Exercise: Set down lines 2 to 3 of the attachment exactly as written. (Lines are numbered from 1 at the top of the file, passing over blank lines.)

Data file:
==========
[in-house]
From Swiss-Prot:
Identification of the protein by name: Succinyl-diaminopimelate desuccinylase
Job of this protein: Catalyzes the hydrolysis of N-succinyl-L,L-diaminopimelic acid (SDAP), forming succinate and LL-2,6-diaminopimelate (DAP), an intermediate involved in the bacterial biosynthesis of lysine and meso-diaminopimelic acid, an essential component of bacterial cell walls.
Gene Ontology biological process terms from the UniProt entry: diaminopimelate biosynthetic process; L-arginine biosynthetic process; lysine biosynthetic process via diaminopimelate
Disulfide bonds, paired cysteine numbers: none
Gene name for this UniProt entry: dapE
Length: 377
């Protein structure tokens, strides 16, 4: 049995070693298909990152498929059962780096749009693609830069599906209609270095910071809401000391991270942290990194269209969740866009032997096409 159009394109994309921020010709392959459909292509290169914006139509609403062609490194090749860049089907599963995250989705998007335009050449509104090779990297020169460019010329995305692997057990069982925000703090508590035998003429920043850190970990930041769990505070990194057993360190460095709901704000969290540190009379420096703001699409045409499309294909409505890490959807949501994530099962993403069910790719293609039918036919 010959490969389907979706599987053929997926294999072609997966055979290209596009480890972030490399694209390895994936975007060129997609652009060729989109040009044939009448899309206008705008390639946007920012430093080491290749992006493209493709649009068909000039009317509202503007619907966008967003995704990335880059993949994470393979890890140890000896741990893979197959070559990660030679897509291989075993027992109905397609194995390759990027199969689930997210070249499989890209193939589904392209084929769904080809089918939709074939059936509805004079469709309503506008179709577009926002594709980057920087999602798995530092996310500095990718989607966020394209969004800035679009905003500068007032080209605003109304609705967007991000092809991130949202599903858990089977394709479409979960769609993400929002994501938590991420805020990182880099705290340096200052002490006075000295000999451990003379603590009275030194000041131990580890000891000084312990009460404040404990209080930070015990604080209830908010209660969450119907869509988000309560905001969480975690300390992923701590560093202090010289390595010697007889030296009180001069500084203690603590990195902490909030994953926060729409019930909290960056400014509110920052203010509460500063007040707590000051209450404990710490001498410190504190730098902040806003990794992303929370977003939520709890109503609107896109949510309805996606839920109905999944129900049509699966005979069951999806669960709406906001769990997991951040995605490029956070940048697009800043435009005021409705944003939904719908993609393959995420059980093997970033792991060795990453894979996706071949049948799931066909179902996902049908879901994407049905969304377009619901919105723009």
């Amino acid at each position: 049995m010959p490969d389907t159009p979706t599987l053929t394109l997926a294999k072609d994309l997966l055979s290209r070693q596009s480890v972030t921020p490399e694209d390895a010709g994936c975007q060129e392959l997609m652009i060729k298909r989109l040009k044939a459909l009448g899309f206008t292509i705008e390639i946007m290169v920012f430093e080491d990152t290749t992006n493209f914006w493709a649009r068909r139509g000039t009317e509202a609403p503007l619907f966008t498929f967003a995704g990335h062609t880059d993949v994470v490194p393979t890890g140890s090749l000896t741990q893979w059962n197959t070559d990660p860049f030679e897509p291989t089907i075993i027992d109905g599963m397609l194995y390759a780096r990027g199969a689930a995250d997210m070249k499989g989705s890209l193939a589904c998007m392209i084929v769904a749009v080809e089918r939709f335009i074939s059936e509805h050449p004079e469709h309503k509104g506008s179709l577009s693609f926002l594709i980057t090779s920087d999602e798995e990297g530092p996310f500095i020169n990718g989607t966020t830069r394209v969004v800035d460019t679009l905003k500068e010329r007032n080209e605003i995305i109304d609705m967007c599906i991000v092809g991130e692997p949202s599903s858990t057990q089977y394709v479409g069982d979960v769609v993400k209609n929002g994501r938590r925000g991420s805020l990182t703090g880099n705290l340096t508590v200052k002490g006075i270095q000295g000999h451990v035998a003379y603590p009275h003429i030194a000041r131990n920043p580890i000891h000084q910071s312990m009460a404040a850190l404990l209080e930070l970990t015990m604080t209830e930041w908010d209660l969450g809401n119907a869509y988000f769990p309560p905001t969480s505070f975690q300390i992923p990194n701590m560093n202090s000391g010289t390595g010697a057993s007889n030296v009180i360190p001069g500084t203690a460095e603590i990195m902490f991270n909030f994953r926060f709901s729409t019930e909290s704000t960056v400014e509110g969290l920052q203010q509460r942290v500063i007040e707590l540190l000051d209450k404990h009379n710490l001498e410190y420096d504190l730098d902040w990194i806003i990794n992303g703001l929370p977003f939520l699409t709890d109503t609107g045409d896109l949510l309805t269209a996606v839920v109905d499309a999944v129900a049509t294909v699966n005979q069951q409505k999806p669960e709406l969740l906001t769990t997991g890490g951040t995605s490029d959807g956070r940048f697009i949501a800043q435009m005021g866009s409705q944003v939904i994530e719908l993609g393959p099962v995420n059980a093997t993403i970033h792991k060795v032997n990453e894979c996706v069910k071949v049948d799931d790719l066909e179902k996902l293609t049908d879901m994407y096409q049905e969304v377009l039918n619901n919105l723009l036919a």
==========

From Swiss-Prot:
Identification of the protein by name: Succinyl-diaminopimelate desuccinylase